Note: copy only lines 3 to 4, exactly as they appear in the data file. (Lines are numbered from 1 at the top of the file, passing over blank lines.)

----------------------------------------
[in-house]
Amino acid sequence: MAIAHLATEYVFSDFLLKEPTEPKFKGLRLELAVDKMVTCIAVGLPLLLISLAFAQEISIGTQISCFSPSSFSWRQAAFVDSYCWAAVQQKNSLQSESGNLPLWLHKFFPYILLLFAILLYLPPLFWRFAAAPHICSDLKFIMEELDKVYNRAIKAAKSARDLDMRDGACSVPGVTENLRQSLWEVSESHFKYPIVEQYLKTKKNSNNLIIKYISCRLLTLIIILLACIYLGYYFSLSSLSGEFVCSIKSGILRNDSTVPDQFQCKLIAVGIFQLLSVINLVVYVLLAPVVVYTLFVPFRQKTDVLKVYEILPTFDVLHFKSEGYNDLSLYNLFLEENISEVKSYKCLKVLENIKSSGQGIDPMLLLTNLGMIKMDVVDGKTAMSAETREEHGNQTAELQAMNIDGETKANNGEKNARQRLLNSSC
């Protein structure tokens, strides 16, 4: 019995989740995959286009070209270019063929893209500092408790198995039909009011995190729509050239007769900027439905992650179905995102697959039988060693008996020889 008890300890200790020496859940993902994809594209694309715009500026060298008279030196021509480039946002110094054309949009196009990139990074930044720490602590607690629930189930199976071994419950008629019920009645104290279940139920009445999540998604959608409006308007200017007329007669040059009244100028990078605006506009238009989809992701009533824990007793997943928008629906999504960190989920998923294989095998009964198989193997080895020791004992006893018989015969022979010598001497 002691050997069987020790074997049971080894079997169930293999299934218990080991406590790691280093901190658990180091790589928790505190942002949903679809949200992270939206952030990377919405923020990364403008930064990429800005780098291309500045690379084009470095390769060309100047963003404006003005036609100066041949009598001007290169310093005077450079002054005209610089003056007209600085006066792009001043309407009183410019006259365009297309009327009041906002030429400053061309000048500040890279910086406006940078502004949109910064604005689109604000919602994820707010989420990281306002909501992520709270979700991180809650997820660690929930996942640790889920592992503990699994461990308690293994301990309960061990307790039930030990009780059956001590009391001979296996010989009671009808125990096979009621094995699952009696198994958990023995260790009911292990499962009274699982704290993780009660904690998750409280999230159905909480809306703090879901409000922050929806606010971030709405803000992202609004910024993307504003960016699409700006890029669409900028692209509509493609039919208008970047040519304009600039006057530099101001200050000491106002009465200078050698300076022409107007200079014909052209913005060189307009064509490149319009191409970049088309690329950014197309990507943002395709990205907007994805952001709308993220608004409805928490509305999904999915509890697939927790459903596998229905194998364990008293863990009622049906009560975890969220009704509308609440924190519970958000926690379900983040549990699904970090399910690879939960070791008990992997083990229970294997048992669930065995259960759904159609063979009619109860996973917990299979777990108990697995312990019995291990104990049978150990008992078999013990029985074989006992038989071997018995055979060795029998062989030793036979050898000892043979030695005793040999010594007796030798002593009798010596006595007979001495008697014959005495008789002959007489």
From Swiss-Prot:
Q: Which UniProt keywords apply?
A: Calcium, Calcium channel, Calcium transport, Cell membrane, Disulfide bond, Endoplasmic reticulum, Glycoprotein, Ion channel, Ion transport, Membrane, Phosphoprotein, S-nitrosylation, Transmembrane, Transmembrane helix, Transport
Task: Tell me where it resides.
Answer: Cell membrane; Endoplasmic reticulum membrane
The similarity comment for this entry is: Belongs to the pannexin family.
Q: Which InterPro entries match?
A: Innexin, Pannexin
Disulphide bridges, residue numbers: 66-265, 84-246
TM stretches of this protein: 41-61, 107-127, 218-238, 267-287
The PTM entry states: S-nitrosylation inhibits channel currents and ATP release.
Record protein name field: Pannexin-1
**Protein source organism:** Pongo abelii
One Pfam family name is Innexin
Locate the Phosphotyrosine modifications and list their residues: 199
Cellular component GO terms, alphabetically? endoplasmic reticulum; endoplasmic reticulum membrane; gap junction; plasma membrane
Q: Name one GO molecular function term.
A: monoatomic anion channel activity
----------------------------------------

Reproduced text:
């Protein structure tokens, strides 16, 4: 019995989740995959286009070209270019063929893209500092408790198995039909009011995190729509050239007769900027439905992650179905995102697959039988060693008996020889 008890300890200790020496859940993902994809594209694309715009500026060298008279030196021509480039946002110094054309949009196009990139990074930044720490602590607690629930189930199976071994419950008629019920009645104290279940139920009445999540998604959608409006308007200017007329007669040059009244100028990078605006506009238009989809992701009533824990007793997943928008629906999504960190989920998923294989095998009964198989193997080895020791004992006893018989015969022979010598001497 002691050997069987020790074997049971080894079997169930293999299934218990080991406590790691280093901190658990180091790589928790505190942002949903679809949200992270939206952030990377919405923020990364403008930064990429800005780098291309500045690379084009470095390769060309100047963003404006003005036609100066041949009598001007290169310093005077450079002054005209610089003056007209600085006066792009001043309407009183410019006259365009297309009327009041906002030429400053061309000048500040890279910086406006940078502004949109910064604005689109604000919602994820707010989420990281306002909501992520709270979700991180809650997820660690929930996942640790889920592992503990699994461990308690293994301990309960061990307790039930030990009780059956001590009391001979296996010989009671009808125990096979009621094995699952009696198994958990023995260790009911292990499962009274699982704290993780009660904690998750409280999230159905909480809306703090879901409000922050929806606010971030709405803000992202609004910024993307504003960016699409700006890029669409900028692209509509493609039919208008970047040519304009600039006057530099101001200050000491106002009465200078050698300076022409107007200079014909052209913005060189307009064509490149319009191409970049088309690329950014197309990507943002395709990205907007994805952001709308993220608004409805928490509305999904999915509890697939927790459903596998229905194998364990008293863990009622049906009560975890969220009704509308609440924190519970958000926690379900983040549990699904970090399910690879939960070791008990992997083990229970294997048992669930065995259960759904159609063979009619109860996973917990299979777990108990697995312990019995291990104990049978150990008992078999013990029985074989006992038989071997018995055979060795029998062989030793036979050898000892043979030695005793040999010594007796030798002593009798010596006595007979001495008697014959005495008789002959007489």
From Swiss-Prot: